Why should ecosystem services be used for poverty alleviation? Establishing the ethical foundations of ESPA
|Lead PI|| |
Dr Janet Fisher
University of Edinburgh
|Start Date|| |
1 February, 2015
|End Date|| |
19 February, 2017
|Project Code|| |
This research aims to find the answer to a fundamental question: why should ecosystem services (ES) be used for poverty alleviation?
ES do not automatically benefit poor people, but have been demonstrated to accrue to better-off and more powerful actors (Ronnback et al., 2007; Daw et al., 2011), and although many environmental interventions continue to take place in settings characterised by entrenched poverty, its the demand and pressure from the non-poor on ES is predicted to rise in coming decades (Meyfroidt et al., 2013). It is a particularly timely question for the conservation community, because of active debates about the 'new conservation' and the ethical principles underpinning conservation practice (Lalasz et al., 2011; Soule, 2013).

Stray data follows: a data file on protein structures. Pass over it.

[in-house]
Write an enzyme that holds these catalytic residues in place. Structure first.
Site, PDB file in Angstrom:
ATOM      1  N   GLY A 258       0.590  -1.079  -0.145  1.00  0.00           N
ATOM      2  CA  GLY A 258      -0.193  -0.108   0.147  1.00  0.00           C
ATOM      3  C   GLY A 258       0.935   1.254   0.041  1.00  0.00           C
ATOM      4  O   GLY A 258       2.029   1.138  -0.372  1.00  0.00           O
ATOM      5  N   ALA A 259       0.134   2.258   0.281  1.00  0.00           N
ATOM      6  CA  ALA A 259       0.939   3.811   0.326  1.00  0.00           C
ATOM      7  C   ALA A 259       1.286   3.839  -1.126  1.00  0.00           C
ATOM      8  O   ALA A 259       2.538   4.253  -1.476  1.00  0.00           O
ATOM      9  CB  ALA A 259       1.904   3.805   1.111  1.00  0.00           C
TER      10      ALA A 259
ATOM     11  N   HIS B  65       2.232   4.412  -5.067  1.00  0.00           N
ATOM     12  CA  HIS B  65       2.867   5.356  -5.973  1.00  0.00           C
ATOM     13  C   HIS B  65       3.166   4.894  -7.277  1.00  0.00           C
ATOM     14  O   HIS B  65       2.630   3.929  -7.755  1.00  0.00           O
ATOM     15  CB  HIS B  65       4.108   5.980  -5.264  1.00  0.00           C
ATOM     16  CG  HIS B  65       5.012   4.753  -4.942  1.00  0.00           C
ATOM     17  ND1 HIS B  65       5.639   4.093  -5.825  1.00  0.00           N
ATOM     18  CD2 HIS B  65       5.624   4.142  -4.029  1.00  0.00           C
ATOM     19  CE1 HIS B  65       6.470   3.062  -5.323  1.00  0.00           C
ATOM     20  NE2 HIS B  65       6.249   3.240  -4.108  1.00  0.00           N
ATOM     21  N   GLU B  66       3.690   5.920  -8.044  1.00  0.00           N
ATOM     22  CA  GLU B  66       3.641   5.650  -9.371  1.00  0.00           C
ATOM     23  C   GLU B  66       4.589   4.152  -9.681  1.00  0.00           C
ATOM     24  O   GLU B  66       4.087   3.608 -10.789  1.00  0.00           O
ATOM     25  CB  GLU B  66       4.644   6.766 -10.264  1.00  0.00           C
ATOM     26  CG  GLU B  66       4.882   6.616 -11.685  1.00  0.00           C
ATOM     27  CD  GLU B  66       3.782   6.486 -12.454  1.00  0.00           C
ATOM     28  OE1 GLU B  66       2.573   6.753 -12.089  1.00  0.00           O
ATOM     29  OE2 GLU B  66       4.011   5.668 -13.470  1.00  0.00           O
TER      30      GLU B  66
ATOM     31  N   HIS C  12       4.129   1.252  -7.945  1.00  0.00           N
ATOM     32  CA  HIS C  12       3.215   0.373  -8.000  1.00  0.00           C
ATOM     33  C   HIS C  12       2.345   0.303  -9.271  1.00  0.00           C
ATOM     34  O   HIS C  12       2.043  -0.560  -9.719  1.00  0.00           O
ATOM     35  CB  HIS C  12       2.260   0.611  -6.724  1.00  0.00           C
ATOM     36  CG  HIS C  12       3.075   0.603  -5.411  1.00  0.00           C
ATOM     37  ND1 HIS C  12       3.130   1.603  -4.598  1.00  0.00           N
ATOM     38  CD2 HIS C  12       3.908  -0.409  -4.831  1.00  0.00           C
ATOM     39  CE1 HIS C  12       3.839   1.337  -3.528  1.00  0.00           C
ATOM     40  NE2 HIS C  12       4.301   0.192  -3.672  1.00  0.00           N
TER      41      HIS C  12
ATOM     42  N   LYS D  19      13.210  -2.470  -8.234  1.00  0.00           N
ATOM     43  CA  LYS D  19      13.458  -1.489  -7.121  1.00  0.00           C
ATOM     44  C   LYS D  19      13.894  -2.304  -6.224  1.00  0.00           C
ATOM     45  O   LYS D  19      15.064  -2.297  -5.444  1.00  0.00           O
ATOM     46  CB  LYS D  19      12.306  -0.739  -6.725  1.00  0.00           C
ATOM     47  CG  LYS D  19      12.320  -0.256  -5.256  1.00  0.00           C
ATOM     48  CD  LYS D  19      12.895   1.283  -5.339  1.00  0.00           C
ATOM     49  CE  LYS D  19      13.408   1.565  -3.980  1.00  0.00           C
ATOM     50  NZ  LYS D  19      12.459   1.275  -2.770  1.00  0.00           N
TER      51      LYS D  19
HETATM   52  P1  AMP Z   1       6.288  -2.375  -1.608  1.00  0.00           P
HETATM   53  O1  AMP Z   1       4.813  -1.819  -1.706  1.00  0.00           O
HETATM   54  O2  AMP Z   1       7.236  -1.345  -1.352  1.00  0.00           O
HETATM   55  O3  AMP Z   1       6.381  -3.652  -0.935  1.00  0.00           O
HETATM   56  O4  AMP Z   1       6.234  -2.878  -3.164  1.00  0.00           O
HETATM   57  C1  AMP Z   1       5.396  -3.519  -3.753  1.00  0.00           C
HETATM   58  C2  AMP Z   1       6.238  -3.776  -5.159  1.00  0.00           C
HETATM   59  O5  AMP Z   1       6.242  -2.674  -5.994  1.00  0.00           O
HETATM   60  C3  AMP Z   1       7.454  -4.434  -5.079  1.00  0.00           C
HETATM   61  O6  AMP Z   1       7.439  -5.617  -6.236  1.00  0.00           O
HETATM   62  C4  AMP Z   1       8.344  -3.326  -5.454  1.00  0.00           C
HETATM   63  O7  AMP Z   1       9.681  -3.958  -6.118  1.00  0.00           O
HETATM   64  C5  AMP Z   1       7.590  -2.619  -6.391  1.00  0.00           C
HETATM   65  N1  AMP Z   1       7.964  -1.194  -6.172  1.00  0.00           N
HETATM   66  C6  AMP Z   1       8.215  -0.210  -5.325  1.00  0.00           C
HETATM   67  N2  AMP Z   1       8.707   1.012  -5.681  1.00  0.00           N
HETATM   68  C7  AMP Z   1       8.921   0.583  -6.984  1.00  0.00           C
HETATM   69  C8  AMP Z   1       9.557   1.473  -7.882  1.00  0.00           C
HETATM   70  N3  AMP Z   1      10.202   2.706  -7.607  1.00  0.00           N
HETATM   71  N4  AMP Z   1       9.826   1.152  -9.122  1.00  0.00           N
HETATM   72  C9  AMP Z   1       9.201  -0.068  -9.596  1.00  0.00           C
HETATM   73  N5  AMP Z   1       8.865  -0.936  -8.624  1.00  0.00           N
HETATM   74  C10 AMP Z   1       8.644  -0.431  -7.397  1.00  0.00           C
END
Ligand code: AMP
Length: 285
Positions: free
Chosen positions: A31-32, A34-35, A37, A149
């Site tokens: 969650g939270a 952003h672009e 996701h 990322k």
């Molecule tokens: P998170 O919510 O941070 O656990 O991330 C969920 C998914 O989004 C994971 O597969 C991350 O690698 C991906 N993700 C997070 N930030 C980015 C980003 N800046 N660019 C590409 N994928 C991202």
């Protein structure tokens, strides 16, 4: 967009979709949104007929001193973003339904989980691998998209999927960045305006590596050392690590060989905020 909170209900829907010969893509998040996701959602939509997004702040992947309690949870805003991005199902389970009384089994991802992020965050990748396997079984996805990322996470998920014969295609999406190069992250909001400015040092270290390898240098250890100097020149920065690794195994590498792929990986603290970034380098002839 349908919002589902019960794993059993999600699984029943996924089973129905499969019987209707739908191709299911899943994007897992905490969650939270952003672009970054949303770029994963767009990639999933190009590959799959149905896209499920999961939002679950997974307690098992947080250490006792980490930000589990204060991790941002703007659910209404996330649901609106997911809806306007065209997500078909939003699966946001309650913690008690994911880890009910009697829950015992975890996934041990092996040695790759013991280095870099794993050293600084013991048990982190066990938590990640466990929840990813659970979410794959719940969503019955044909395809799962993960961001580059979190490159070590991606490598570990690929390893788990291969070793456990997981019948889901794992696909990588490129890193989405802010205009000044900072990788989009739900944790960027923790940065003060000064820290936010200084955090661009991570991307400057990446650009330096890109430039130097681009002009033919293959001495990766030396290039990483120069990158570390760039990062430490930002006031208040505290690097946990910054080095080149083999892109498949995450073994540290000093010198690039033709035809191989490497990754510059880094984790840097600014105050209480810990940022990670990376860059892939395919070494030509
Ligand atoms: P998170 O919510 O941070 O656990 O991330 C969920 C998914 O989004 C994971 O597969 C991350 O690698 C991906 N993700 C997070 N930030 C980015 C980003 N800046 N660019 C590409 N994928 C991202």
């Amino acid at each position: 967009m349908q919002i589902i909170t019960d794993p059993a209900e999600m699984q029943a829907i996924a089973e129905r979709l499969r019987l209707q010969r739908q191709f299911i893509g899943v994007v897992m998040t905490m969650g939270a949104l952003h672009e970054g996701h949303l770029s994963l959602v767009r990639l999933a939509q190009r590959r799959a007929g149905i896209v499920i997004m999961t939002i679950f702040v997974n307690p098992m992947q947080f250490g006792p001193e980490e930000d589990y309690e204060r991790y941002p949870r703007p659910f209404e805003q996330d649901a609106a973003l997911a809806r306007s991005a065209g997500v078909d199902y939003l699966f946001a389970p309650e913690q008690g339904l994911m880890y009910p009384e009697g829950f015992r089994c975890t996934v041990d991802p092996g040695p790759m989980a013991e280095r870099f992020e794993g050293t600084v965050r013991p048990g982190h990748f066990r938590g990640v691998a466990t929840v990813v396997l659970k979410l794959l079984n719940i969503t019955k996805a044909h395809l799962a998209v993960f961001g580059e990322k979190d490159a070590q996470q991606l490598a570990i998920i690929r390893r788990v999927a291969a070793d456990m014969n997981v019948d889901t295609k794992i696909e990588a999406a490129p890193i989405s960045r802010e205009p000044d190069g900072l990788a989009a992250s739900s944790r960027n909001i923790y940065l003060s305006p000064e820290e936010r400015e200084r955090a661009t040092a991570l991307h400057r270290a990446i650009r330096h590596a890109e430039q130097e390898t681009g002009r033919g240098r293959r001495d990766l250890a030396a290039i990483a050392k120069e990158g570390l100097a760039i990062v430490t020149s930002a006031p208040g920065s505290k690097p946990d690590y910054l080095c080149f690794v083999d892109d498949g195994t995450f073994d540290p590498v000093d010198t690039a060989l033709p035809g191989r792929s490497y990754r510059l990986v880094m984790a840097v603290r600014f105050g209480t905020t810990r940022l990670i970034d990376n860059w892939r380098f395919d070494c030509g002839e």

This project has the potential to provide a step-change in how poverty and the governance of ES are conceptualised, and in turn, how related trade-offs (human wellbeing vs. non-human nature; current vs. future generations; the poor vs. the greater good of all humans) may be resolved.
|Dr Janet Fisher||Bolivia; China; Global; Nepal; Uganda|
|Dr Janet Fisher||Lead Principal Investigator||University of Edinburgh||United Kingdom|
|Dr Adrian Martin||Co Investigator||University of East Anglia||United Kingdom|
|Dr Helen Marie Schneider||Co Investigator||Fauna and Flora International||United Kingdom|
|Professor Thomas Sikor||Co Investigator||University of East Anglia||United Kingdom|
|Dr Ruth A Makoff||Researcher Co Investigator||University of East Anglia||United Kingdom|